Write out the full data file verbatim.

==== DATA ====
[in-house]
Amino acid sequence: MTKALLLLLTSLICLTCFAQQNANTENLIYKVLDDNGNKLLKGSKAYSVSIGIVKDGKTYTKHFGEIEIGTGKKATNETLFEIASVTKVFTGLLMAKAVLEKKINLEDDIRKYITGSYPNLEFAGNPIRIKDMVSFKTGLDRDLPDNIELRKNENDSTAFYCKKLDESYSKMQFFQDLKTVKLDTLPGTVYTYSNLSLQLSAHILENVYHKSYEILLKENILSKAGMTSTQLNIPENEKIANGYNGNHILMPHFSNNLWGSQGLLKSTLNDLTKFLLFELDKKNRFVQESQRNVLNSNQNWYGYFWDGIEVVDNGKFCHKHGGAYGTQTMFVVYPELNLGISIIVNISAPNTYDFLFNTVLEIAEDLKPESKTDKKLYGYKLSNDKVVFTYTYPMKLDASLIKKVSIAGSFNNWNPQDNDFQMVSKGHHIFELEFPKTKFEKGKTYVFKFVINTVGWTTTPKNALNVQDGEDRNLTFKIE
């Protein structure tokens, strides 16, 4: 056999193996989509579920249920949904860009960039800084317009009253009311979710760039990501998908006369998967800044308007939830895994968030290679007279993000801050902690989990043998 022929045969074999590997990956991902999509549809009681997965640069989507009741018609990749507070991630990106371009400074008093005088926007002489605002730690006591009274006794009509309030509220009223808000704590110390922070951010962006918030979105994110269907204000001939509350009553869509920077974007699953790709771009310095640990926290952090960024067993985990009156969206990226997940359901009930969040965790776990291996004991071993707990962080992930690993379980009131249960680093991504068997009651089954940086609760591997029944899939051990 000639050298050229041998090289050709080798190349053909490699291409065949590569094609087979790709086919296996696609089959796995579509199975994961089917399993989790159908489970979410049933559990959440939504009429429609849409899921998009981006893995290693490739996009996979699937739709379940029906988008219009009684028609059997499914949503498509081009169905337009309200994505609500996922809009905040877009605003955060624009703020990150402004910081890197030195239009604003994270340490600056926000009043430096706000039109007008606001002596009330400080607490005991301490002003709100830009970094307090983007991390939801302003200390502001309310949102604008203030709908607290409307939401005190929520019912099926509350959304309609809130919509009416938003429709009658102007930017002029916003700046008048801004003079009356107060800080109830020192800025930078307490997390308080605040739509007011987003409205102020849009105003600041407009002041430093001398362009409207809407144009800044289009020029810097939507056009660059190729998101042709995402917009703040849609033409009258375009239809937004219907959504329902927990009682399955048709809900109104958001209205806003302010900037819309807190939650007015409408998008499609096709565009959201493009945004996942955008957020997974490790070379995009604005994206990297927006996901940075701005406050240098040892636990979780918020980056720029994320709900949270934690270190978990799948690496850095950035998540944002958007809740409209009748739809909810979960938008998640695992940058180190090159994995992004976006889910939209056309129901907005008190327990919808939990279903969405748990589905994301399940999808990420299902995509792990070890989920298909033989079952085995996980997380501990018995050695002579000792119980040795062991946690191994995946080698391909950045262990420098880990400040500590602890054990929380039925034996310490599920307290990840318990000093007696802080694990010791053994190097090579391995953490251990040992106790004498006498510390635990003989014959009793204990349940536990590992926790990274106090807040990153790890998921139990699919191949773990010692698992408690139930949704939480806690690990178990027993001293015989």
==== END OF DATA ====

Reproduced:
[in-house]
Amino acid sequence: MTKALLLLLTSLICLTCFAQQNANTENLIYKVLDDNGNKLLKGSKAYSVSIGIVKDGKTYTKHFGEIEIGTGKKATNETLFEIASVTKVFTGLLMAKAVLEKKINLEDDIRKYITGSYPNLEFAGNPIRIKDMVSFKTGLDRDLPDNIELRKNENDSTAFYCKKLDESYSKMQFFQDLKTVKLDTLPGTVYTYSNLSLQLSAHILENVYHKSYEILLKENILSKAGMTSTQLNIPENEKIANGYNGNHILMPHFSNNLWGSQGLLKSTLNDLTKFLLFELDKKNRFVQESQRNVLNSNQNWYGYFWDGIEVVDNGKFCHKHGGAYGTQTMFVVYPELNLGISIIVNISAPNTYDFLFNTVLEIAEDLKPESKTDKKLYGYKLSNDKVVFTYTYPMKLDASLIKKVSIAGSFNNWNPQDNDFQMVSKGHHIFELEFPKTKFEKGKTYVFKFVINTVGWTTTPKNALNVQDGEDRNLTFKIE
């Protein structure tokens, strides 16, 4: 056999193996989509579920249920949904860009960039800084317009009253009311979710760039990501998908006369998967800044308007939830895994968030290679007279993000801050902690989990043998 022929045969074999590997990956991902999509549809009681997965640069989507009741018609990749507070991630990106371009400074008093005088926007002489605002730690006591009274006794009509309030509220009223808000704590110390922070951010962006918030979105994110269907204000001939509350009553869509920077974007699953790709771009310095640990926290952090960024067993985990009156969206990226997940359901009930969040965790776990291996004991071993707990962080992930690993379980009131249960680093991504068997009651089954940086609760591997029944899939051990 000639050298050229041998090289050709080798190349053909490699291409065949590569094609087979790709086919296996696609089959796995579509199975994961089917399993989790159908489970979410049933559990959440939504009429429609849409899921998009981006893995290693490739996009996979699937739709379940029906988008219009009684028609059997499914949503498509081009169905337009309200994505609500996922809009905040877009605003955060624009703020990150402004910081890197030195239009604003994270340490600056926000009043430096706000039109007008606001002596009330400080607490005991301490002003709100830009970094307090983007991390939801302003200390502001309310949102604008203030709908607290409307939401005190929520019912099926509350959304309609809130919509009416938003429709009658102007930017002029916003700046008048801004003079009356107060800080109830020192800025930078307490997390308080605040739509007011987003409205102020849009105003600041407009002041430093001398362009409207809407144009800044289009020029810097939507056009660059190729998101042709995402917009703040849609033409009258375009239809937004219907959504329902927990009682399955048709809900109104958001209205806003302010900037819309807190939650007015409408998008499609096709565009959201493009945004996942955008957020997974490790070379995009604005994206990297927006996901940075701005406050240098040892636990979780918020980056720029994320709900949270934690270190978990799948690496850095950035998540944002958007809740409209009748739809909810979960938008998640695992940058180190090159994995992004976006889910939209056309129901907005008190327990919808939990279903969405748990589905994301399940999808990420299902995509792990070890989920298909033989079952085995996980997380501990018995050695002579000792119980040795062991946690191994995946080698391909950045262990420098880990400040500590602890054990929380039925034996310490599920307290990840318990000093007696802080694990010791053994190097090579391995953490251990040992106790004498006498510390635990003989014959009793204990349940536990590992926790990274106090807040990153790890998921139990699919191949773990010692698992408690139930949704939480806690690990178990027993001293015989």